Metformin may inhibit the progression of pancreatic cancer by decreasing inflammation and fibrosis, a study published in PLOS One reported. 

About half of patients diagnosed with pancreatic ductal adenocarcinoma are overweight and obese; up to 80% have type 2 diabetes or are insulin resistant. Patients who take metformin are known to have a lower risk of developing pancreatic cancer. Further, patients who develop the tumor may have a reduced risk of mortality by taking metformin. 

Before this study, the mechanism of metformin against pancreatic cancer was not well established, as no potential biomarkers of response were reported. Study authors from Massachusetts General Hospital (MGH) evaluated cellular and animal models, and patient tumor samples, and found that this positive effect may actually be most prevalent in overweight and obese patients.

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In the study, metformin alleviated desmoplasia, a hallmark of pancreatic cancer where dense connective tissue and tumor-associated immune cells accumulate. Dai Fukumura, MD, PhD, the study’s co-senior author, explained that metformin worked “by inhibiting the activation of the pancreatic stellate cells that produce the extracellular matrix and by reprogramming immune cells to reduce inflammation.”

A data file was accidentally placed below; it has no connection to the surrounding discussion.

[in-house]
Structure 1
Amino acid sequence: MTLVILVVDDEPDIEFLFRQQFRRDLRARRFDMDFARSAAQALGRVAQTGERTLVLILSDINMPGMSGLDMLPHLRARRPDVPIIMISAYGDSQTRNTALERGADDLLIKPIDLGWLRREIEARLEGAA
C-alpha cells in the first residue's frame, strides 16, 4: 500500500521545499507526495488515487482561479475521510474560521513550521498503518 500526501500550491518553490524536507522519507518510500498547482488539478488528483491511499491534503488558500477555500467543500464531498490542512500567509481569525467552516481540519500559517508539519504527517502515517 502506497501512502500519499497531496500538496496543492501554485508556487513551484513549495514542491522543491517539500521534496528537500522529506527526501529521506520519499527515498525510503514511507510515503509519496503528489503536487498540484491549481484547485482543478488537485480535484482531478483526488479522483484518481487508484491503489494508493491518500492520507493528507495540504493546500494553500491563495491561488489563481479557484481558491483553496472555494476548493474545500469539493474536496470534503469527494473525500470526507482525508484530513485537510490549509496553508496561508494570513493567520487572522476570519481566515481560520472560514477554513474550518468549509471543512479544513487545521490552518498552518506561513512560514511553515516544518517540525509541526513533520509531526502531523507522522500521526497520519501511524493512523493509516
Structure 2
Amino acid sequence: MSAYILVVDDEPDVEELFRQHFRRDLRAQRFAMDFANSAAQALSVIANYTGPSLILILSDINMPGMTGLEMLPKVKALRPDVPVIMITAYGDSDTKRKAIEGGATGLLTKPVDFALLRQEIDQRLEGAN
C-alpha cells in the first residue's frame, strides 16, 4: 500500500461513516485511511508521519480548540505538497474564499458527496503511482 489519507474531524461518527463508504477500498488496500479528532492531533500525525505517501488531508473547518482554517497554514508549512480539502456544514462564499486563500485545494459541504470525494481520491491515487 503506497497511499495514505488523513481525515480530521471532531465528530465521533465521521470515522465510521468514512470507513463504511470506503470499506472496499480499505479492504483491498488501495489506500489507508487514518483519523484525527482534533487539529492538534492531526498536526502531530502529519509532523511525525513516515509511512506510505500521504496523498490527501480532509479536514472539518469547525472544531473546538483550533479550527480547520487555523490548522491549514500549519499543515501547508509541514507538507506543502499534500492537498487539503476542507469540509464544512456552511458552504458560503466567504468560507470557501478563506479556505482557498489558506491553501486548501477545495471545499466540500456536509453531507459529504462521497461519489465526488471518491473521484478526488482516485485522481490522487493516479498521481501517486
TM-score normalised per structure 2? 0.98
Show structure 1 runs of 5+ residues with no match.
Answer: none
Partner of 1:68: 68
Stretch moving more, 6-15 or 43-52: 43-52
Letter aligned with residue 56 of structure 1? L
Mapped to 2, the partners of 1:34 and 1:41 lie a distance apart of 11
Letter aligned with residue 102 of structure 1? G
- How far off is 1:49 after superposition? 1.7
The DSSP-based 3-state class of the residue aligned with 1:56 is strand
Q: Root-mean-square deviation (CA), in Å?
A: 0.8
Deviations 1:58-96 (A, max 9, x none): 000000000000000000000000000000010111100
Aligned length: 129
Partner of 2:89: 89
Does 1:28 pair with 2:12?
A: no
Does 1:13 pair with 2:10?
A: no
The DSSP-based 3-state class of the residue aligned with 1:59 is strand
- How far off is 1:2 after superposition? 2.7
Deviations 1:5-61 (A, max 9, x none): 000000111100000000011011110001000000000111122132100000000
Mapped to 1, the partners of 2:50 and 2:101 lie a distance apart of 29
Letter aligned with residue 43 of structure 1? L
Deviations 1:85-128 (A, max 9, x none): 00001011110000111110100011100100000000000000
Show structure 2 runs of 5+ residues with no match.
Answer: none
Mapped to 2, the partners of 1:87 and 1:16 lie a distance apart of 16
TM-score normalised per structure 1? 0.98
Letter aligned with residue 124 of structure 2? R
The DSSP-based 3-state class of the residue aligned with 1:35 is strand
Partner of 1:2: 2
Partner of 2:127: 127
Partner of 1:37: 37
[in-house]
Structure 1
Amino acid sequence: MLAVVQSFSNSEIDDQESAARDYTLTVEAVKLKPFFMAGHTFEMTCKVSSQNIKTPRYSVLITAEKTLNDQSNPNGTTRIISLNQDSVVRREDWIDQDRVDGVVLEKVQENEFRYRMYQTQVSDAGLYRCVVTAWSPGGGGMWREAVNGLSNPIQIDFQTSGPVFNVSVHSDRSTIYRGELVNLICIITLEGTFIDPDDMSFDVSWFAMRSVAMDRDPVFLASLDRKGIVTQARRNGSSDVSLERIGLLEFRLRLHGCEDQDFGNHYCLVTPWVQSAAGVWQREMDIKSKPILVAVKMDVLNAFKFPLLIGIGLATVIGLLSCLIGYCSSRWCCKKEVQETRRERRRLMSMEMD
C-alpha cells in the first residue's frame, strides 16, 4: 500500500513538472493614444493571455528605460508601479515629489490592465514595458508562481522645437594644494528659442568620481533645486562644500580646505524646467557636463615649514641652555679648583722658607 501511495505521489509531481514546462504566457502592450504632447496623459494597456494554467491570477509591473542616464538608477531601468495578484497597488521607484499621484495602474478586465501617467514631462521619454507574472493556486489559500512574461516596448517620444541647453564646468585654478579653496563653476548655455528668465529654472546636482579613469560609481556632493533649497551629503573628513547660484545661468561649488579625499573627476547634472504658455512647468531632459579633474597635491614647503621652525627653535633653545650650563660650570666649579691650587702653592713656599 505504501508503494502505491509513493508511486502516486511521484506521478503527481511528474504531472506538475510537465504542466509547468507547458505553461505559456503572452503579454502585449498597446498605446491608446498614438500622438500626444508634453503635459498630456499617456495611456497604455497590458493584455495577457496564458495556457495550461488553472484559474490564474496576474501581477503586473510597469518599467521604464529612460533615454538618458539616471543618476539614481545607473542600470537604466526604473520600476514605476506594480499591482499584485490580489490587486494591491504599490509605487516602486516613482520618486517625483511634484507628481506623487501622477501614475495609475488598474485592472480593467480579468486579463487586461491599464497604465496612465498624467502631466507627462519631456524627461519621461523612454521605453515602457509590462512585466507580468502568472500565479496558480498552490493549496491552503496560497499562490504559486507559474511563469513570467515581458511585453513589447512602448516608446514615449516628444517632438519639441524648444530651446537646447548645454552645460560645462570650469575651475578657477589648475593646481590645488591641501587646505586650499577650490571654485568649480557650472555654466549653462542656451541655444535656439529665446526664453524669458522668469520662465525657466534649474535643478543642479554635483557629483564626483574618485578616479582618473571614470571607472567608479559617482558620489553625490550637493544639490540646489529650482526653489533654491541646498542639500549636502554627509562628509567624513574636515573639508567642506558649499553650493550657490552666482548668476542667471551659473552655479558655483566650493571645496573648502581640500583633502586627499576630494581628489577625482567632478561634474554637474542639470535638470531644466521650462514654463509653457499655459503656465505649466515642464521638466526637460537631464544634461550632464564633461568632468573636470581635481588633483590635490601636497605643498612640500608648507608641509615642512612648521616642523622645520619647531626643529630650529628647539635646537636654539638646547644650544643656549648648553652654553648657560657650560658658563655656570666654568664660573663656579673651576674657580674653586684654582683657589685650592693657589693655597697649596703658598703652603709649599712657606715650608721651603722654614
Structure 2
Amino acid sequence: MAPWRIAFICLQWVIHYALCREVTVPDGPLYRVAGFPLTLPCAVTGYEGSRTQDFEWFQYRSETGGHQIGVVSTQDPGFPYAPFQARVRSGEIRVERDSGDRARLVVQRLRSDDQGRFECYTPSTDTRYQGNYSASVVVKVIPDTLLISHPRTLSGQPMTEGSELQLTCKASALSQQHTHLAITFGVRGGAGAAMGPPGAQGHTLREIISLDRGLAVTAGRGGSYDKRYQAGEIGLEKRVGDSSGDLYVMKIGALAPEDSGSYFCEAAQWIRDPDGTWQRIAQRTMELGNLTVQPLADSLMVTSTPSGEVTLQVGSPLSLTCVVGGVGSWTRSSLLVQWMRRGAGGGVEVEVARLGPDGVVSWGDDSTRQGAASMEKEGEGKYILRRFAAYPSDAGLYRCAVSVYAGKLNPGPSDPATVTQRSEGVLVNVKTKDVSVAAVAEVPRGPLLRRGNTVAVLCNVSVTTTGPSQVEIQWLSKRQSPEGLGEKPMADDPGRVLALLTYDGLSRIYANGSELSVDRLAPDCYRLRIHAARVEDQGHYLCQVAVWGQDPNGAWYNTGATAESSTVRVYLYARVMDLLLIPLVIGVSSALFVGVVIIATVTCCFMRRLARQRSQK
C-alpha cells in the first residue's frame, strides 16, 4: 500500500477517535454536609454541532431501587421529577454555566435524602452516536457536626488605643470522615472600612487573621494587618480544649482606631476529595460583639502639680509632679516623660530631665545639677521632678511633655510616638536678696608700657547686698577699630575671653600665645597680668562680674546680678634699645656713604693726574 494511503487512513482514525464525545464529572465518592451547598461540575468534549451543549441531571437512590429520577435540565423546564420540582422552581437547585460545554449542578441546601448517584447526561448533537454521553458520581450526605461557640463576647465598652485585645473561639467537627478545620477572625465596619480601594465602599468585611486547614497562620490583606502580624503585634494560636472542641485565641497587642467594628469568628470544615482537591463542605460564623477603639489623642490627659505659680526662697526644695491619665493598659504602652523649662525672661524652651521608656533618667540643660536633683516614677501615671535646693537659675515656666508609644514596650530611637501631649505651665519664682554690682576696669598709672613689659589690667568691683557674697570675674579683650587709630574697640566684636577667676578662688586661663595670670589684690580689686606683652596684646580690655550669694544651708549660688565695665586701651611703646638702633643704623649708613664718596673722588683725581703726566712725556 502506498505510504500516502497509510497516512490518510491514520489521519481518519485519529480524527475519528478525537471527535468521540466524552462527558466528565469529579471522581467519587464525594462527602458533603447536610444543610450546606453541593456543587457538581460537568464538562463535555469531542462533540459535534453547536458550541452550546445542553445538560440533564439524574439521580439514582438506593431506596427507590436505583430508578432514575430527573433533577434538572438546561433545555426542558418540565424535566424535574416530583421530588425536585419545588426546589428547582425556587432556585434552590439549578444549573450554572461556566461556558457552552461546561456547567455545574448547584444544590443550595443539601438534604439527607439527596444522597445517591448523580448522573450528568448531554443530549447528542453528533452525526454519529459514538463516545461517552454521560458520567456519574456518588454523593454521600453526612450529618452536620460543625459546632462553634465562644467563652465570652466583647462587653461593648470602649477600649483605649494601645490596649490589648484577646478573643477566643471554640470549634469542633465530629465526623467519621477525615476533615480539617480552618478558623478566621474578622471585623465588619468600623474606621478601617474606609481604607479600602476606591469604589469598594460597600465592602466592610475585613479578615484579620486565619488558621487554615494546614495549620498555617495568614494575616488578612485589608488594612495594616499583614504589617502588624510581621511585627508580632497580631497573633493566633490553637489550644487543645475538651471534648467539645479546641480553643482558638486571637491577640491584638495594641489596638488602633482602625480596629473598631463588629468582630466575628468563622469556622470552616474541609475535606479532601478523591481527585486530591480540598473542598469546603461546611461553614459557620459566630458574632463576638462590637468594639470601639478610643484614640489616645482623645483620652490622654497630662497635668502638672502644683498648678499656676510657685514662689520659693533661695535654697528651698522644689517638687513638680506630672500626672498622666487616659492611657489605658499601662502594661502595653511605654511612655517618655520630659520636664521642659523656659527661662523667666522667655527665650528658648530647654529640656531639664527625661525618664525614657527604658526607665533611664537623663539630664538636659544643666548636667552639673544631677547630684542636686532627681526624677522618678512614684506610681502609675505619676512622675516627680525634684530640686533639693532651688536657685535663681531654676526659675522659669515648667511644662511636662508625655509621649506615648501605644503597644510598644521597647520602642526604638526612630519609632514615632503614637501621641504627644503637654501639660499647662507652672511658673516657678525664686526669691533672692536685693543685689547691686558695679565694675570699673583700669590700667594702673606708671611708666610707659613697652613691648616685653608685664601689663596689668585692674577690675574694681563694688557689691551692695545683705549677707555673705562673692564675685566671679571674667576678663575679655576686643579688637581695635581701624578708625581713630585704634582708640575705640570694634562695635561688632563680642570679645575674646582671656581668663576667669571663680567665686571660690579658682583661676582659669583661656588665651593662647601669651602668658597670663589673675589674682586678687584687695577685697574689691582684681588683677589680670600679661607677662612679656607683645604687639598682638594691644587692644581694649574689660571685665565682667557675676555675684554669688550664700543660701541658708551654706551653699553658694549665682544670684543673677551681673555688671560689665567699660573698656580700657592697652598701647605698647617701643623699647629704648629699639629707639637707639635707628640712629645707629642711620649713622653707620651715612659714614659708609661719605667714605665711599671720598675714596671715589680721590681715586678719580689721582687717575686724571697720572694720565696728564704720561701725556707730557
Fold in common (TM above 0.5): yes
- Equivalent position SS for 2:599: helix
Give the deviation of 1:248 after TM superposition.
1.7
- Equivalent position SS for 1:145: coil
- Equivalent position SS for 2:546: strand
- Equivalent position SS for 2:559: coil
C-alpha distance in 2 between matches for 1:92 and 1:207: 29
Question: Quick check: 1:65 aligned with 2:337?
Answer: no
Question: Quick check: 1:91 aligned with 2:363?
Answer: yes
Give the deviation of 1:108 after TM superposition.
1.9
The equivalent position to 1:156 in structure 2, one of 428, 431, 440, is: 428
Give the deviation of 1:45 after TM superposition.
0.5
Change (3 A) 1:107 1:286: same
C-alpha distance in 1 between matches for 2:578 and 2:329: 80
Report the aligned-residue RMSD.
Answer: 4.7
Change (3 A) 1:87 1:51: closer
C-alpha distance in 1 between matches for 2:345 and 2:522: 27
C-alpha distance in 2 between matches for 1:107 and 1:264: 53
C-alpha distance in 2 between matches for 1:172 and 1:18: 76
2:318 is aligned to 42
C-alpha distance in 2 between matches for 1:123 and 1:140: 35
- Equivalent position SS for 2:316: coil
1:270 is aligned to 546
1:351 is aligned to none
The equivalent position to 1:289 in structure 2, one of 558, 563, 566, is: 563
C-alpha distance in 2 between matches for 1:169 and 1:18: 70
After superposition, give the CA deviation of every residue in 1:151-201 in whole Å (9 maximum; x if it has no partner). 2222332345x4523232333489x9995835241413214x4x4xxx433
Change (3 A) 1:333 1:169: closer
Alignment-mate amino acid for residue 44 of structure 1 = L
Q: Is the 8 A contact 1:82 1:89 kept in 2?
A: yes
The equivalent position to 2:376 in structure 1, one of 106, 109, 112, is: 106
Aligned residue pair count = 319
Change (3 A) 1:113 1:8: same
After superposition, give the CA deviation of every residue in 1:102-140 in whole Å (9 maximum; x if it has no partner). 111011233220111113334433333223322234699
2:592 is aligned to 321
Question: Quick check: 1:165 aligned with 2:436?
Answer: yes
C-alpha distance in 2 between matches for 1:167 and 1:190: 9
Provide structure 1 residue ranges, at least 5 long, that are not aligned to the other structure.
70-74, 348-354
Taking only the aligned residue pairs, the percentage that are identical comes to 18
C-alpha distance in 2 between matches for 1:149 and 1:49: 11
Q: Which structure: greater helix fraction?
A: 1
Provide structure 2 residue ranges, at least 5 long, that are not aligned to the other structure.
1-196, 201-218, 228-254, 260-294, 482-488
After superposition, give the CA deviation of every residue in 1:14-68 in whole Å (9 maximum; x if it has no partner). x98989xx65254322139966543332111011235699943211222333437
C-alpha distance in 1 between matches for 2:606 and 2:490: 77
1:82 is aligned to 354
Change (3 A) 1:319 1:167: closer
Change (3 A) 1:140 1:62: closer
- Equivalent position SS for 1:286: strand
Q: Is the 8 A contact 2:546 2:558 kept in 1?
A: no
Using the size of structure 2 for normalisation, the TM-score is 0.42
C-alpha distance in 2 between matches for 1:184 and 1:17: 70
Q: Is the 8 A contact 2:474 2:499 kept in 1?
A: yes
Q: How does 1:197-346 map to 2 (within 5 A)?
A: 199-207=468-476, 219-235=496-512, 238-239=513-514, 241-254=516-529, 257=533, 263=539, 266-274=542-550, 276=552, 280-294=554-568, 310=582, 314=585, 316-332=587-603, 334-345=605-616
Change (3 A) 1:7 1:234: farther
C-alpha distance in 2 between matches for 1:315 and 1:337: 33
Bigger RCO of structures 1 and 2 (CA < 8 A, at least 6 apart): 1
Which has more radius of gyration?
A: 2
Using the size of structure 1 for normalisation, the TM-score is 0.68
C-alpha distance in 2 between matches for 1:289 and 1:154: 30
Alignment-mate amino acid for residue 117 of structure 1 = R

The team initially found that hyaluronan levels were 30% lower in tumor samples from overweight/obese patients taking metformin for their diabetes compared to those who did not take metformin. Obese animal models of pancreatic cancer that received metformin demonstrated lower levels of hyaluronan, collagen-1, and fewer activated pancreatic stellate cells (PSCs). Treatment with metformin lowered levels of tumor-associated macrophages by 60% and lowered expressions of genes related to the remodeling of the extracellular matrix of tumor tissue. Animals’ tumors treated with metformin also had reductions in a metastasis-associated change in epithelial to mesenchymal transition (EMT) and overall metastasis. 

A co-senior author of the study, Rakesh K. Jain, PhD, noted,” Understanding the mechanism behind metformin’s effects on pancreatic and other cancers may help us identify biomarkers – such as patient body weight and increased tumor fibrosis – that can identify the patients for whom metformin treatment would be most beneficial.” 

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